Boris Johnson's suspension of Parliament is unlawful, Supreme Court rules
The Supreme Court did not overtly say that Boris Johnson lied to the Queen about the reasons for his prorogation of Parliament, but several lawmakers have already said that is the implication of its judgement.
Importantly, the judges ruled on the effect of the prorogation rather than attempting to define the motive, which allowed it to deliver a devastating judgement without explicitly accusing Johnson of lying to the monarch.
Because the effect of the suspension was unlawful, the judges did not need to consider Johnson's motive.
Here's the key part of the ruling:
"It is impossible for us to conclude, on the evidence which has been put before us, that there was any reason - let alone a good reason - to advise Her Majesty to prorogue Parliament for five weeks, from 9th or 12th September until 14th October. We cannot speculate, in the absence of further evidence, upon what such reasons might have been. It follows that the decision was unlawful."
The court did, however, uphold the decision taken by Scotland's highest civil court, which went further in its ruling by saying that Johnson did mislead the Queen.
Brexit Party leader Nigel Farage has called Boris Johnson's decision to suspend Parliament "the worst political decision ever."
But rather than criticizing the Prime Minister, he urged Johnson's de facto chief of staff Dominic Cummings to step down.
Cummings is widely seen as the mastermind behind Johnson's Brexit strategy.
Labour leader Jeremy Corbyn spoke at his party's conference in Brighton, England shortly after the news of the ruling broke.
He says Boris Johnson's decision to shut down Parliament "demonstrates a contempt for democracy and abuse of power by him."
Corbyn says he will be in touch with the Speaker of the House of Commons immediately to demand that Parliament is recalled, and “demand that he obeys the law” forcing him to extend Article 50 if he can’t form a Brexit deal.
“A Labour government would want to be held to account -- we wouldn’t bypass democracy,” he adds.
“I invite Boris Johnson, in the historic words, to consider his position and become the shortest serving Prime Ministerthere’s ever been.”
“Obey the law, take no deal off the table, and have an election tot elect a government that respects democracy," Corbyn concludes.
Watch the moment the Supreme Court's President Lady Hale announced its momentous judgement below.
The court went further than even most of Johnson's critics had expected -- by not only deciding the prorogation was unlawful, but deeming that it had absolutely no effect whatsoever.
Massive applause broke out in the New Statesman fringe event at the Labour Party conference when someone in the audience shouted “unlawful” as the Supreme Court judgement was handed down.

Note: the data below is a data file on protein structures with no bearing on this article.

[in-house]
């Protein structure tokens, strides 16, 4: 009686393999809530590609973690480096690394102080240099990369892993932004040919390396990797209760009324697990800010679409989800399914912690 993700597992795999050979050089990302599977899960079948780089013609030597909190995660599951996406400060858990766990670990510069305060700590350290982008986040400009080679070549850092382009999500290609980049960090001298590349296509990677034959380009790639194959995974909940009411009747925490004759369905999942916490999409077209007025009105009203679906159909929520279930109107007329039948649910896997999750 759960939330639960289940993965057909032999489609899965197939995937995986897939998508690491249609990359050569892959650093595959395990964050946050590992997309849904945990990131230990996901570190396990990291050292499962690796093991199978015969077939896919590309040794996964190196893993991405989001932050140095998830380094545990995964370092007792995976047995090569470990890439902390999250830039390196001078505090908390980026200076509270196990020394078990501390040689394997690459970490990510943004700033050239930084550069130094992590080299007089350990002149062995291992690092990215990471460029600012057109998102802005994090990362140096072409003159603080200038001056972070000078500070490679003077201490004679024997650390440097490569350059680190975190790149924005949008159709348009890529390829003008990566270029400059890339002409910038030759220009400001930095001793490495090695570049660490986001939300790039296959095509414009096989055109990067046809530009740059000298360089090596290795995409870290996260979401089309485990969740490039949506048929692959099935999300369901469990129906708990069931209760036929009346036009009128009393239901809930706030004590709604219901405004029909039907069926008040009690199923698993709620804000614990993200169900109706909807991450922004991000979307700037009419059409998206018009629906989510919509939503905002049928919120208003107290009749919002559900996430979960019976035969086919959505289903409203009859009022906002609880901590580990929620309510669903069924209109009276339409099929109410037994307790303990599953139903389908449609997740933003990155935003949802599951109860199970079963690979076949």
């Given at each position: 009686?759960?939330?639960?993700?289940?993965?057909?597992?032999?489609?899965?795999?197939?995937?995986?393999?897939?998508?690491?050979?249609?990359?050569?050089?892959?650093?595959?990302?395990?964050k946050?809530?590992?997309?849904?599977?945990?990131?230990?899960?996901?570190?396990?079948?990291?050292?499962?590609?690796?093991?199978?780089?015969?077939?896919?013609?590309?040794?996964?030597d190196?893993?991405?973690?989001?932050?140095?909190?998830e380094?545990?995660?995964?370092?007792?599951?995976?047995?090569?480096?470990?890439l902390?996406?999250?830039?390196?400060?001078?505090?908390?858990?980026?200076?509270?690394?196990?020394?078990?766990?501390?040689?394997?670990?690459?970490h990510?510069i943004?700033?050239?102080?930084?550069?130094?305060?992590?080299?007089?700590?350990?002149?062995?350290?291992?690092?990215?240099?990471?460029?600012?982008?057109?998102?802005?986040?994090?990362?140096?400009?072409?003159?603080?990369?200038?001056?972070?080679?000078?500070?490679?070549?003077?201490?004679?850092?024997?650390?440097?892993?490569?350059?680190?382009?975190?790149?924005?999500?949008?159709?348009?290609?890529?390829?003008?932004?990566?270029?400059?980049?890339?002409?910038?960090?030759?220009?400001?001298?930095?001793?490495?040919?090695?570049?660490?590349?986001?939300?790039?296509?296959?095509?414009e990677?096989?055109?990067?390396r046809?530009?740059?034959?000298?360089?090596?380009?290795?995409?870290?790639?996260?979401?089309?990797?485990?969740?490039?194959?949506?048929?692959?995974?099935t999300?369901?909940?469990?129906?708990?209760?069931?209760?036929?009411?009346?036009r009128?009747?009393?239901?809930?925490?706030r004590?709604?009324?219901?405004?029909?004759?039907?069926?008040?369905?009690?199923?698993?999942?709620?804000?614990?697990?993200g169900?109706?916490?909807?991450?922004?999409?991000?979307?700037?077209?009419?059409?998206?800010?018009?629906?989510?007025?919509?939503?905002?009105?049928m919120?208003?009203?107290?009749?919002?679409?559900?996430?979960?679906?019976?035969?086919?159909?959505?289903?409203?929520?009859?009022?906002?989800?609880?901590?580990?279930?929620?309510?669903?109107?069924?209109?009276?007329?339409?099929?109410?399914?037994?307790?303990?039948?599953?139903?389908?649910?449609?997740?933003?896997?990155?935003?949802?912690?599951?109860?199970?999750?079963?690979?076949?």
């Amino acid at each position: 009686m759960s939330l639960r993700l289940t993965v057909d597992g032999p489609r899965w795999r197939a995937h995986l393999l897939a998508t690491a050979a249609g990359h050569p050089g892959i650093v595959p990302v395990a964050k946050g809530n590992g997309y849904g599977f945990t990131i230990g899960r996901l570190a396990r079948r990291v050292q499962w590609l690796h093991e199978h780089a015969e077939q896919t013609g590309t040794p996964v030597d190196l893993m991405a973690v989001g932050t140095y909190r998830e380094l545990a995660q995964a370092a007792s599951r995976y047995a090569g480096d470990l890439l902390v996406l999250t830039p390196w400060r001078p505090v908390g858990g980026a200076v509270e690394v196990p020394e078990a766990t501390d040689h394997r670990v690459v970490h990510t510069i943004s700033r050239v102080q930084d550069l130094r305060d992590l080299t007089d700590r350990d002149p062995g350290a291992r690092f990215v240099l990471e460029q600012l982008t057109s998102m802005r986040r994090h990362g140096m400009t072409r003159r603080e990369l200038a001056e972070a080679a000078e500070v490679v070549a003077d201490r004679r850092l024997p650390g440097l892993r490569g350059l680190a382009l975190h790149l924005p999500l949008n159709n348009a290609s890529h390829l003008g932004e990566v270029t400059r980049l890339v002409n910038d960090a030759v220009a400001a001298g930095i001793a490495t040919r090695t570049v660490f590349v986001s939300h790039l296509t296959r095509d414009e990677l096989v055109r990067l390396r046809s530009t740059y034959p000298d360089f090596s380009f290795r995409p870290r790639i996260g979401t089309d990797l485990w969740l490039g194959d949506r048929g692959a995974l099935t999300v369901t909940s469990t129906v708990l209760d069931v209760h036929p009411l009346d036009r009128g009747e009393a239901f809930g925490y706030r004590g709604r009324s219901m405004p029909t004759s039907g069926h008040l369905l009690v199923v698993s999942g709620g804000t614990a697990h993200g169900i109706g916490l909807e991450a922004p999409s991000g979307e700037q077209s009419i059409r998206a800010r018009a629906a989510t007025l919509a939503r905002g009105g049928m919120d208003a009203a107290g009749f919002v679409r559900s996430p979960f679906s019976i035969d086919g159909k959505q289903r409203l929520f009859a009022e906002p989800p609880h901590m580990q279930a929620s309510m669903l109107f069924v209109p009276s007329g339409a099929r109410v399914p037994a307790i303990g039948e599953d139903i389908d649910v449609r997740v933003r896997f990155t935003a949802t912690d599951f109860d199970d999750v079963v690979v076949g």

Reacting to news, a smiling Emily Thornberry MP, shadow foreign secretary, said: “I’m not even prorogued!”
When it was pointed out that the Tories could lose a lot of money if their conference is affected by the lifting of the prorogation, Thornberry reacted: “What a shame.”
“I think we’ve played a blinder in terms of parliamentary tactics, and we’ve done it as well as we can, and I hope we continue to do so.”
The British pound strengthened against the US dollar after the UK Supreme Court ruled unanimously that Prime Minister Boris Johnson's decision to suspend Parliament was unlawful.
The currency was trading as much as 0.4% higher in the minutes after the decision was announced, before giving up some of its gains.
The pound's reaction reflects increased optimism that Johnson will be prevented from carrying out his pledge to take Britain out of the European Union on October 31, even without an exit deal that would protect trade.
Crashing out of the European Union would likely produce another sharp decline in the value of the pound.
Most economists say a disorderly break would also plunge the UK into recession and cause a sharp decline in the value of homes in the country.
MPs are responding to the Supreme Court's decision, with many calling for Boris Johnson to resign.
Conservative MP Tom Tugendhat, in an apparent show of support for the decision against his party leader, tweeted a picture of himself inside the House of Commons chamber.
Labour's deputy leader Tom Watson said Johnson "should resign."
Backbencher David Lammy agreed:
And the SNP's Westminster leader Ian Blackford said Parliament must reconvene immediately.
John Bercow, the Speaker of the House of Commons, has said lawmakers must reconvene "without delay" after the Supreme Court's stunning decision to not only rule Boris Johnson's suspension unlawful, but to quash the prorogation entirely.
In a statement, Bercow said: "I welcome the Supreme Court's judgement that the prorogation of Parliament was unlawful."
"The judges have rejected the Government's claim that closing down Parliament for five weeks was merely standard practice to allow for a new Queen's Speech."
"In reaching their conclusion, they have vindicated the right and duty of Parliament to meet at this crucial time to scrutinise the executive and hold Ministers to account," he added.
As the embodiment of our Parliamentary democracy, the House of Commons must convene without delay. To this end, I will now consult the party leaders as a matter of urgency."
Joanna Cherry, the lawmaker and lawyer who brought the Scottish case that the Supreme Court has sided with, is making a statement outside the court.
“This is an absolutely momentous decision," she said on the back of the win.
“There is nothing to stop members of Parliament such as myself and my colleagues from resuming immediately” in scrutinizing the government, Cherry adds.
“I am absolutely delighted that the United Kingdom Supreme Court has agreed with Scotland’s Supreme Court," she notes, before addressing Boris Johnson.
“His position is untenable and he should have to guts to do the decent thing and resign," she says.